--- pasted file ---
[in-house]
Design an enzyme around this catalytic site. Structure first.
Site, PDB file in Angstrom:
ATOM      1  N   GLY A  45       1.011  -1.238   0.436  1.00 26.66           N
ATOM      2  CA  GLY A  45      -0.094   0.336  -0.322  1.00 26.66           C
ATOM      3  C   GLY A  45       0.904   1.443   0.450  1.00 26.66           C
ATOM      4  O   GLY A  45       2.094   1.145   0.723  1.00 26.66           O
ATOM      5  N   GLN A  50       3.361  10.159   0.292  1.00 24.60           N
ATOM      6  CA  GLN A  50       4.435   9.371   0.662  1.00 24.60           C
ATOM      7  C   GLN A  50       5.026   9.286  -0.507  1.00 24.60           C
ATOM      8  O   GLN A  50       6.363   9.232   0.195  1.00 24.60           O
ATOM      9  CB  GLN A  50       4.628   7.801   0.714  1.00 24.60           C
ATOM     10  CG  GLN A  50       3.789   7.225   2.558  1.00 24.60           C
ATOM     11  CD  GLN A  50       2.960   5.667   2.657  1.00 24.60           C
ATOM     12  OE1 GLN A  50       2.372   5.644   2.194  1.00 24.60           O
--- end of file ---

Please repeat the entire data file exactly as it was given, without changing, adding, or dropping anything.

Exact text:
[in-house]
Design an enzyme around this catalytic site. Structure first.
Site, PDB file in Angstrom:
ATOM      1  N   GLY A  45       1.011  -1.238   0.436  1.00 26.66           N
ATOM      2  CA  GLY A  45      -0.094   0.336  -0.322  1.00 26.66           C
ATOM      3  C   GLY A  45       0.904   1.443   0.450  1.00 26.66           C
ATOM      4  O   GLY A  45       2.094   1.145   0.723  1.00 26.66           O
ATOM      5  N   GLN A  50       3.361  10.159   0.292  1.00 24.60           N
ATOM      6  CA  GLN A  50       4.435   9.371   0.662  1.00 24.60           C
ATOM      7  C   GLN A  50       5.026   9.286  -0.507  1.00 24.60           C
ATOM      8  O   GLN A  50       6.363   9.232   0.195  1.00 24.60           O
ATOM      9  CB  GLN A  50       4.628   7.801   0.714  1.00 24.60           C
ATOM     10  CG  GLN A  50       3.789   7.225   2.558  1.00 24.60           C
ATOM     11  CD  GLN A  50       2.960   5.667   2.657  1.00 24.60           C
ATOM     12  OE1 GLN A  50       2.372   5.644   2.194  1.00 24.60           O